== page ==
Focused Listing, as described by Angelo and Cross (1993), a useful technique for quickly gauging how well students have grasped a specific idea or concept. This works particularly well as a means of interrupting a lecture or following a close reading task. In a generic sense, the instructor identifies the specific idea or concept, what Angelo and Cross (1993) call the "focus point," and asks the students to develop a list of ideas that are "closely related" to that "focus point" (p. 126).
As with many formative assessment techniques, this is highly adaptable. The instructor could have each student create their own list on a sheet of paper or an index card, which could then be turned in for a quick in-class review or for a more thorough after-class review. This can be a useful method just-in-time teaching by enabling the instructor to adapt what comes next based on how the students respond. Faculty teaching in a media-equipped classroom could have students submit their lists through a web tool like PollEverywhere, so that the lists could be compiled and even sorted by the class as a whole. This can be a useful technique for challenging students to evaluate their own learning by having the decide as a class what are the most significant related ideas. In larger classes, faculty can have students share their lists in small groups to evaluate and teach one another.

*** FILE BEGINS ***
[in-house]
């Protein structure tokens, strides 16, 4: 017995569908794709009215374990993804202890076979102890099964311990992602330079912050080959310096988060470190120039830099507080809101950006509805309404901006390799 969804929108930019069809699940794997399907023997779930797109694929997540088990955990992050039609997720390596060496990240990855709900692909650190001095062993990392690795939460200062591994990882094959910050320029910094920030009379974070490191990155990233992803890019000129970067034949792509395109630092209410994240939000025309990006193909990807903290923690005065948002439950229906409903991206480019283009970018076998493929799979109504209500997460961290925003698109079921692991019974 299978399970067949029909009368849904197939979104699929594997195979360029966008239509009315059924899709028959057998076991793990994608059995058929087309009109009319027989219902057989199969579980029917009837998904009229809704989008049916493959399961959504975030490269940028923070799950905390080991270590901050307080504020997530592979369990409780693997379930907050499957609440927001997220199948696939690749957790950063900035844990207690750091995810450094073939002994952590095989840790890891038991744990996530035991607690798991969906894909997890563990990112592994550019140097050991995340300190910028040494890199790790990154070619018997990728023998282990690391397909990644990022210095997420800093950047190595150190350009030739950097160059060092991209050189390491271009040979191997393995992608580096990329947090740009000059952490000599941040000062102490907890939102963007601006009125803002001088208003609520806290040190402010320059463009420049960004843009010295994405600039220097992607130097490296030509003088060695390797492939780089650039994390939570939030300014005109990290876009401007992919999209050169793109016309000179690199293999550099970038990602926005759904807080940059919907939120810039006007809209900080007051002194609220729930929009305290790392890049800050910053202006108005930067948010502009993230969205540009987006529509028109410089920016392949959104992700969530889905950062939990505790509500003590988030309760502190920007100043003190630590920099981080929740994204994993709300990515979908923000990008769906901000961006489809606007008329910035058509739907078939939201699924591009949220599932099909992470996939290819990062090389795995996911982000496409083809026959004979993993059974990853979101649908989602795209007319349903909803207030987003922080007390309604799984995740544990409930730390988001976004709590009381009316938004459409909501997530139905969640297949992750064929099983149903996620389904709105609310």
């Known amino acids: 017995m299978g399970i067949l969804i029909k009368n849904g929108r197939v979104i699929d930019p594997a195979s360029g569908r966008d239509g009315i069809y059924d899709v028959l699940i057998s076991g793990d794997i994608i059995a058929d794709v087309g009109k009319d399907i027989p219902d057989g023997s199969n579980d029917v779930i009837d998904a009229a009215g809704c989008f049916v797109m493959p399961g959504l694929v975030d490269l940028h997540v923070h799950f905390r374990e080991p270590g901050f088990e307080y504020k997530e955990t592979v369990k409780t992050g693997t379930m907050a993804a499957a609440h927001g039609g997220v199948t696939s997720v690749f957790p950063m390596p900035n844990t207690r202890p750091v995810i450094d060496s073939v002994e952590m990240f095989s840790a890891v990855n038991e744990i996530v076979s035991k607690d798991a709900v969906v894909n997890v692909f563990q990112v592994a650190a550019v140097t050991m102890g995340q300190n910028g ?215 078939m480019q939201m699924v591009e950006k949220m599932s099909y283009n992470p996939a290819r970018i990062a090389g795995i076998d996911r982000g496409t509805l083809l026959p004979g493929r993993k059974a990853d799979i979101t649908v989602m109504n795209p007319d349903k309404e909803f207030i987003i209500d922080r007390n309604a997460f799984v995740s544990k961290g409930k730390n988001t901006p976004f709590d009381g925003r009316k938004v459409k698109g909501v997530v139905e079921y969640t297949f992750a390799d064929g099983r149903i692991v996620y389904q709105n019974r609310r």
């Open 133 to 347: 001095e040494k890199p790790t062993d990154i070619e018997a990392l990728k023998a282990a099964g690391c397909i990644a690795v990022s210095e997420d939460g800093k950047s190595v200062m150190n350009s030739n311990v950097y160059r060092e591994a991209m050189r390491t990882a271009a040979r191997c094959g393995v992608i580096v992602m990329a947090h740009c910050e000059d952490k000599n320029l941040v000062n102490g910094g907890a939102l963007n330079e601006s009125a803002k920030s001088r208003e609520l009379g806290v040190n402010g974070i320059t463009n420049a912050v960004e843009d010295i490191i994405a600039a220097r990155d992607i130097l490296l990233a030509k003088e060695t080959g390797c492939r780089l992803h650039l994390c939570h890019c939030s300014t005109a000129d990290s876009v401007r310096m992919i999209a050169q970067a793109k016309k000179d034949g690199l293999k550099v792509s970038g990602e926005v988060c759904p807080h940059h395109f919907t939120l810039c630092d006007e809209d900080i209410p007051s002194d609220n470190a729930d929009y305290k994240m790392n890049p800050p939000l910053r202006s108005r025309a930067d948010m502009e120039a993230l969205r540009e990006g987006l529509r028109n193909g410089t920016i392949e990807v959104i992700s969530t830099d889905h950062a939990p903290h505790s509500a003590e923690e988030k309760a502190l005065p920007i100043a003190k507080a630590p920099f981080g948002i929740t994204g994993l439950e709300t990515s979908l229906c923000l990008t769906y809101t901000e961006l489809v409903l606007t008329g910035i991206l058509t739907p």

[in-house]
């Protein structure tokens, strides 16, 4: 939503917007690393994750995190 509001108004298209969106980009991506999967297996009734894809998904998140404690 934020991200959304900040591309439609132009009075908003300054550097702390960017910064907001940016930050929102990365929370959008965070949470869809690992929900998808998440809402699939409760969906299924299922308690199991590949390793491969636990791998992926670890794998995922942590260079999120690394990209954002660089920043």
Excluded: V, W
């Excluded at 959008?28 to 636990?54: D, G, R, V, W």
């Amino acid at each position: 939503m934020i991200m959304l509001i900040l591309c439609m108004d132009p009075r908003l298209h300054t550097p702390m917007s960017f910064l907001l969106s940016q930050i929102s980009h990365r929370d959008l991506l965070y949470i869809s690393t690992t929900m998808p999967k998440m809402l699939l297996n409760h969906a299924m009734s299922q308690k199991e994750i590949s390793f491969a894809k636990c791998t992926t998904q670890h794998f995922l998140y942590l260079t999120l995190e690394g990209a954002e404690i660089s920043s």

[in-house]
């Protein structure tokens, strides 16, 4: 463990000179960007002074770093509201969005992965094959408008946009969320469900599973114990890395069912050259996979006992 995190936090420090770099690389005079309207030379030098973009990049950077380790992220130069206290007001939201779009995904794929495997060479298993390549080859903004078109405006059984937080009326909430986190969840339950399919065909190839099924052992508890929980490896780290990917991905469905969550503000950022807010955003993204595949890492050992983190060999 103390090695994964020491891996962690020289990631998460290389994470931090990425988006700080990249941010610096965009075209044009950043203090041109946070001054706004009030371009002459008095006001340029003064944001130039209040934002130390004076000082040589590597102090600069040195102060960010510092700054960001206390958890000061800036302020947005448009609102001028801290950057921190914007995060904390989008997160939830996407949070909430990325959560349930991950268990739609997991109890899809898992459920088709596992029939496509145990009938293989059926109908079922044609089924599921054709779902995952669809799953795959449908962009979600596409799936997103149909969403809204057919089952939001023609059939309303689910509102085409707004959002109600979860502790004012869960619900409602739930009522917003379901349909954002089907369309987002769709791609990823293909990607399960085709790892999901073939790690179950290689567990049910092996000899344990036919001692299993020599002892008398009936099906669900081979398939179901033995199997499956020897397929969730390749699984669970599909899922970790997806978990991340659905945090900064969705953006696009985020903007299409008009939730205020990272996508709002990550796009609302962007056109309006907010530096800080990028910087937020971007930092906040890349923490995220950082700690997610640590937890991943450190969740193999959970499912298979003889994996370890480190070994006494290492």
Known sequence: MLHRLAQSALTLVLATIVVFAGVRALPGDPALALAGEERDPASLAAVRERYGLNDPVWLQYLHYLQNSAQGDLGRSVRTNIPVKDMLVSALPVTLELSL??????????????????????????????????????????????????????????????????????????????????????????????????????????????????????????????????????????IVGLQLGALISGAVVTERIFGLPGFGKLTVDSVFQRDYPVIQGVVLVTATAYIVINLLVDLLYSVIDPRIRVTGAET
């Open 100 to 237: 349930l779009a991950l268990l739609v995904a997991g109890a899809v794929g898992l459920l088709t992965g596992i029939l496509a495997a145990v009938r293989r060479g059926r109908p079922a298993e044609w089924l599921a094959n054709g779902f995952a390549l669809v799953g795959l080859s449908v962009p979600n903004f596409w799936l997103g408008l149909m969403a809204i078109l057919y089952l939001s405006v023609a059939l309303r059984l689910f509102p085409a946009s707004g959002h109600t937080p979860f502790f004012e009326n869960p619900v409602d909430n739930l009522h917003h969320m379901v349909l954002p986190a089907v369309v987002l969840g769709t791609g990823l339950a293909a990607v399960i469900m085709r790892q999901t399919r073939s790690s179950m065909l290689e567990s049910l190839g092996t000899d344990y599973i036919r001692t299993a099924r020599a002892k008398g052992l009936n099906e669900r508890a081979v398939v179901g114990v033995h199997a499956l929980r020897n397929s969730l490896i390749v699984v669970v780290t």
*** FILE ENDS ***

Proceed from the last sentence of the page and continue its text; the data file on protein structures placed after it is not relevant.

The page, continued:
Faculty using this technique should be sure to be extremely clear when identifying the "focus point" for this activity and should also give a precise time-limit for the listing activity. If students have learned what was intended, they should be able to develop a list in a short amount of time. Angelo and Cross recommend only two to three minutes.
Angelo, T. A., & Cross, K. P. (1993). Classroom assessment techniques: A handbook for college teachers. San Francisco: Jossey-Bass Publishers.